Take advantage of the different features such as aperture, shutter speed, and ISO settings. The key is to explore your ideas and how you create a wonderful result out of a simple object. However, it would be better if your camera allows you to use different kinds of lenses.
To start with, you may not need a wide-angle lens since your subjects are small and they won’t eat too much space. Nevertheless, your distance from your subject will matter. However, you don’t need the autofocus or auto-exposure functions. You may choose from macro, prime, zoom, or telephoto lens. All of them are inexpensive.
Many professional still life photographers prefer using prime lenses or macro lenses. Unlike a zoom lens that has many moving parts which can affect image quality, a prime lens also offers sharper images. On the other hand, a telephoto lens may result in perspective issues. Thus, choose a lens that will work well with your camera.
With still life photography, you can use natural light from your window or artificial light from a simple lamp or even a candle. But if you will choose natural light, you are very likely to need light reflectors, diffusers, and speedlights. Whatever you choose, a subtle light source will be enough since your camera will be dealing with long exposures.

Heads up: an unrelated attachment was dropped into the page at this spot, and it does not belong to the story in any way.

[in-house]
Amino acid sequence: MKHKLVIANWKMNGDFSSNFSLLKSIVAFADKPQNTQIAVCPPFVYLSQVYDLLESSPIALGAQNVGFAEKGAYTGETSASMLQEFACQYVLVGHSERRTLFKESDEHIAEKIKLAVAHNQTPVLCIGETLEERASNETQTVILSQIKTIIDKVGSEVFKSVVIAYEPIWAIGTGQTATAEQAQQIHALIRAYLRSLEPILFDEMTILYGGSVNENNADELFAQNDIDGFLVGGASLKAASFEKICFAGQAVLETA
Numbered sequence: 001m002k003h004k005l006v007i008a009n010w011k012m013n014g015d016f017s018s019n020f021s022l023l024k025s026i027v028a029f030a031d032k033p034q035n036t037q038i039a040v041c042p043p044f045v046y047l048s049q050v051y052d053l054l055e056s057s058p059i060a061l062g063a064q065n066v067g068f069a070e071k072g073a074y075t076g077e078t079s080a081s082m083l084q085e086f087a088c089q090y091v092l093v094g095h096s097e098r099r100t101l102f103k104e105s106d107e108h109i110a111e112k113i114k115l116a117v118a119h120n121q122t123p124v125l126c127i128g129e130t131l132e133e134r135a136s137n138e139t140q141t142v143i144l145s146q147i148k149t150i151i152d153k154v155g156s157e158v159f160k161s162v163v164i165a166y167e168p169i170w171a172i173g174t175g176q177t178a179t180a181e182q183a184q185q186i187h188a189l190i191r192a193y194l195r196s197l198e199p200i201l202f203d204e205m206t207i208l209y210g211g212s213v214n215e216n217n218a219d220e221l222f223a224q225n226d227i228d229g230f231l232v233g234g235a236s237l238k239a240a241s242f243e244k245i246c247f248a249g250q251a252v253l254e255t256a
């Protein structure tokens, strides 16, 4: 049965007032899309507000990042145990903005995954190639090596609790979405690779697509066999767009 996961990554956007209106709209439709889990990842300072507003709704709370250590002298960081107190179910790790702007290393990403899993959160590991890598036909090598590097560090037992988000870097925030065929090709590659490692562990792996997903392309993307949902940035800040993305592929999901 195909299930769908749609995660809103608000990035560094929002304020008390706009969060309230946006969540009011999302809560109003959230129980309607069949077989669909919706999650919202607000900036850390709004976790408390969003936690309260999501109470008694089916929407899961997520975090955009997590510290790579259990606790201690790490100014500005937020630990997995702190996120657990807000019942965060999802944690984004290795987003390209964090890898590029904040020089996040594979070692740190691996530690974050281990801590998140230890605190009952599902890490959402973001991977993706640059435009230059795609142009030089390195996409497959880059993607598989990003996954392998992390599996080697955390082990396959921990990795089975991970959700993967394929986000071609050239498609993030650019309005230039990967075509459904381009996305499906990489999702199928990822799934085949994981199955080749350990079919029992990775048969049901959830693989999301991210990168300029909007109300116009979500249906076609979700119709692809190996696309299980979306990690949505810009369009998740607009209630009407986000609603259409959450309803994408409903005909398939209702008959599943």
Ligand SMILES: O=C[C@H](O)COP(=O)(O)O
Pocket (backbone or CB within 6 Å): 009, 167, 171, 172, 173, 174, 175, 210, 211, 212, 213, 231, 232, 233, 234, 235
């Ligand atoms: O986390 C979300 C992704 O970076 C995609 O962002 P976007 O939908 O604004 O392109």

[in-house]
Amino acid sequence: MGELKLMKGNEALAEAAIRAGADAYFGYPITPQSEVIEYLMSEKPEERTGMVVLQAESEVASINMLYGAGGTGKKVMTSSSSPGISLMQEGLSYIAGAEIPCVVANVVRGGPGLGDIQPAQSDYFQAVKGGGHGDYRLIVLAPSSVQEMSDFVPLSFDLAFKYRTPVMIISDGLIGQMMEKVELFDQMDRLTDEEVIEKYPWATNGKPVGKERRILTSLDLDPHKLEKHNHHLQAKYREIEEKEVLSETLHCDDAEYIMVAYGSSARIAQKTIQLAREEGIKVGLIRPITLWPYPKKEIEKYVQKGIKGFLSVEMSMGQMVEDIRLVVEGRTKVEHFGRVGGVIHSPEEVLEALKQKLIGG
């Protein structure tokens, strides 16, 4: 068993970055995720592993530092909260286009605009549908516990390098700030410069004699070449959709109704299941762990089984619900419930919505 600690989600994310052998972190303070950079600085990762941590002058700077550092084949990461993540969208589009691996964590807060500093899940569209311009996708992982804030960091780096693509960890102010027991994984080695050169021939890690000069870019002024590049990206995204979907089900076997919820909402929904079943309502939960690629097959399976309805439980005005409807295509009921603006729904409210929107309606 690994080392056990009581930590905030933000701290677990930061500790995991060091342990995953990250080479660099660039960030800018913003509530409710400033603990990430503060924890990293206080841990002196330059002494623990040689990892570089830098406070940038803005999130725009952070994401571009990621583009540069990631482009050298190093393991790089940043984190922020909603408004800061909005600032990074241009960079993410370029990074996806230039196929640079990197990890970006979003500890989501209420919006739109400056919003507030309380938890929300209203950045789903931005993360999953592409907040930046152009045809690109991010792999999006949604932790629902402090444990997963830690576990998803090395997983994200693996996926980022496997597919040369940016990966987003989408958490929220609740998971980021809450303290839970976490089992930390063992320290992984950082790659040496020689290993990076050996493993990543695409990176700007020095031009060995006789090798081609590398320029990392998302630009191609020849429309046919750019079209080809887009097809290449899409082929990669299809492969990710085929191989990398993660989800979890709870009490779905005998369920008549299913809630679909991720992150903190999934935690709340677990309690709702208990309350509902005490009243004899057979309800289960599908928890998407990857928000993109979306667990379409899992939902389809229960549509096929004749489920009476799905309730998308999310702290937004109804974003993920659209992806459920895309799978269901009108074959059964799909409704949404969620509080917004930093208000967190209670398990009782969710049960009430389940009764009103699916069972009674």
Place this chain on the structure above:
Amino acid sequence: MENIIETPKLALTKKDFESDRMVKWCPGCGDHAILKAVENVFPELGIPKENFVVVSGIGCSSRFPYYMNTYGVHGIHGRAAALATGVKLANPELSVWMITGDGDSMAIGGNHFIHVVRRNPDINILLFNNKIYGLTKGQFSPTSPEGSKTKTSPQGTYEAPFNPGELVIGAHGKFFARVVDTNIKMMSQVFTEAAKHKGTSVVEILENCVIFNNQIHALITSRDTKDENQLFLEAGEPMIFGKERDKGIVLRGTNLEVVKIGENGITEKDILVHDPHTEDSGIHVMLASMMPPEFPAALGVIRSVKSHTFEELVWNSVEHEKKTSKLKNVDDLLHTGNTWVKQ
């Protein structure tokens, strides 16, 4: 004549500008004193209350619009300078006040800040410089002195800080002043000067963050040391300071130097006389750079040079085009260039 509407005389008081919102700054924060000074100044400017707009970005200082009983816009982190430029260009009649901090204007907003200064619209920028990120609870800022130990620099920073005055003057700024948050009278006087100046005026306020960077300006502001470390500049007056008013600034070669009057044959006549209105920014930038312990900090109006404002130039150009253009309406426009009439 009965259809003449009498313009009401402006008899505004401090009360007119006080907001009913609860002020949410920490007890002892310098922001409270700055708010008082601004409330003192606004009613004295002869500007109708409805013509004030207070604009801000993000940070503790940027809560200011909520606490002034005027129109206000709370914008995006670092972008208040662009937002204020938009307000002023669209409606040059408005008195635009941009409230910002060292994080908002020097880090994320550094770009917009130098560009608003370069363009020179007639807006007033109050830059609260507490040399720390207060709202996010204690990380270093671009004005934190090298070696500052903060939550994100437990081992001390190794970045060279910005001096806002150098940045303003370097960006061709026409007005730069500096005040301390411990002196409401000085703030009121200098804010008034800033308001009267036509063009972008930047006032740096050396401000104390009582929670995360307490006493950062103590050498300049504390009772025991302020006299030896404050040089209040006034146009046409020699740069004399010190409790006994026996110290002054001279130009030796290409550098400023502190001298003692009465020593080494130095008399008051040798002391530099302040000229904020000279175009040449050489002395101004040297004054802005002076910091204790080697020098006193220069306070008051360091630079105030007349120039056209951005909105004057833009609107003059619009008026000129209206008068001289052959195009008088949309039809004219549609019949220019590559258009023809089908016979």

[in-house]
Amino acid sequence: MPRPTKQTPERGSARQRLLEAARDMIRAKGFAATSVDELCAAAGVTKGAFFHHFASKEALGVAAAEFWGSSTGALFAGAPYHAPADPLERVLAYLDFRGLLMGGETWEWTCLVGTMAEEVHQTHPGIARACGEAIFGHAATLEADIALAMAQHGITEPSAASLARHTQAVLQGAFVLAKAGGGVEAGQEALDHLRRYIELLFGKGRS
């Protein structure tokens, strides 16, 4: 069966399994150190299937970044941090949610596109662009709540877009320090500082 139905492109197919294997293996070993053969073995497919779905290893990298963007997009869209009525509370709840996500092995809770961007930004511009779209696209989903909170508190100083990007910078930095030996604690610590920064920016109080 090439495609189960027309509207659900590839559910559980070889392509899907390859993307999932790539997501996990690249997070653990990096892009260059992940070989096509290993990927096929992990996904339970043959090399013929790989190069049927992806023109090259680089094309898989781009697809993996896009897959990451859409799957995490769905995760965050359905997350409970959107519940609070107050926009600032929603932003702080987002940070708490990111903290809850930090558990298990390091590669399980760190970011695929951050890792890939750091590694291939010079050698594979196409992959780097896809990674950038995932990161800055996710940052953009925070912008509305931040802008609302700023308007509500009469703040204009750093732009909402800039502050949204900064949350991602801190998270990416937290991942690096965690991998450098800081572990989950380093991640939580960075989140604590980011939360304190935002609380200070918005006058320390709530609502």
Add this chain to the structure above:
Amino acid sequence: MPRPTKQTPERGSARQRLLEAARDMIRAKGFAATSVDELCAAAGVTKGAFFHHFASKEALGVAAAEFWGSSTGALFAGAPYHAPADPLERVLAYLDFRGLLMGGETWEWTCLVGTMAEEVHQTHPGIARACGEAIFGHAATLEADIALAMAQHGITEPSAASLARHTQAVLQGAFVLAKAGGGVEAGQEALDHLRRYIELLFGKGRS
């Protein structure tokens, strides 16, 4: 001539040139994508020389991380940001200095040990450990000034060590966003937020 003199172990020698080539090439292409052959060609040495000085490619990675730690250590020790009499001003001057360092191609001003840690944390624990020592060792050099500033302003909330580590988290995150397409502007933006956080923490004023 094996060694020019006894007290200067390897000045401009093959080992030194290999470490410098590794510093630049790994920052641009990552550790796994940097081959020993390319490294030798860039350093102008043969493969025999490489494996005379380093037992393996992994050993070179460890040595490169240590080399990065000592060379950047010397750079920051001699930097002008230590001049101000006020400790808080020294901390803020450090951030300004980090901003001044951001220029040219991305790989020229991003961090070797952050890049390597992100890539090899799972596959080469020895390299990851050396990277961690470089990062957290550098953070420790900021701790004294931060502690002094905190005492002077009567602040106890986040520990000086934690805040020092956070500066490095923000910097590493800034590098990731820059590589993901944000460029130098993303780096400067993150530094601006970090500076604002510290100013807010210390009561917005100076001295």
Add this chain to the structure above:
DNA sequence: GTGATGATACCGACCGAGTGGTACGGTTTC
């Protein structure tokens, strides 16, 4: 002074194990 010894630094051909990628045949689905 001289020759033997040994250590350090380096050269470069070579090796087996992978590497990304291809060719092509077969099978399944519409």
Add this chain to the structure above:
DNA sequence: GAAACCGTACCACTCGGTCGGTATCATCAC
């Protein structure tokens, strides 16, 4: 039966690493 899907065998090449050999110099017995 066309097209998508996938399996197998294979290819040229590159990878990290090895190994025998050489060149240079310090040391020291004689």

Still, life photography also allows you to test different light intensities. You can use unusually bright lighting to create high-key photos. If you like, you can also create low-key images by using a light source to enhance shadows and hide or reveal some details of your subject. Therefore, lighting in still life photography is very important.
4. Reflectors, Diffusers, and Speedlights
For best results, you may need some light reflectors to manipulate the natural light without adding more light.
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Aside from serving as a light mirror, they also soften some shadows and provide better illumination to your subject. On the other hand, a diffuser softens the light rays before they reach the subject to help eliminate harsh shadows.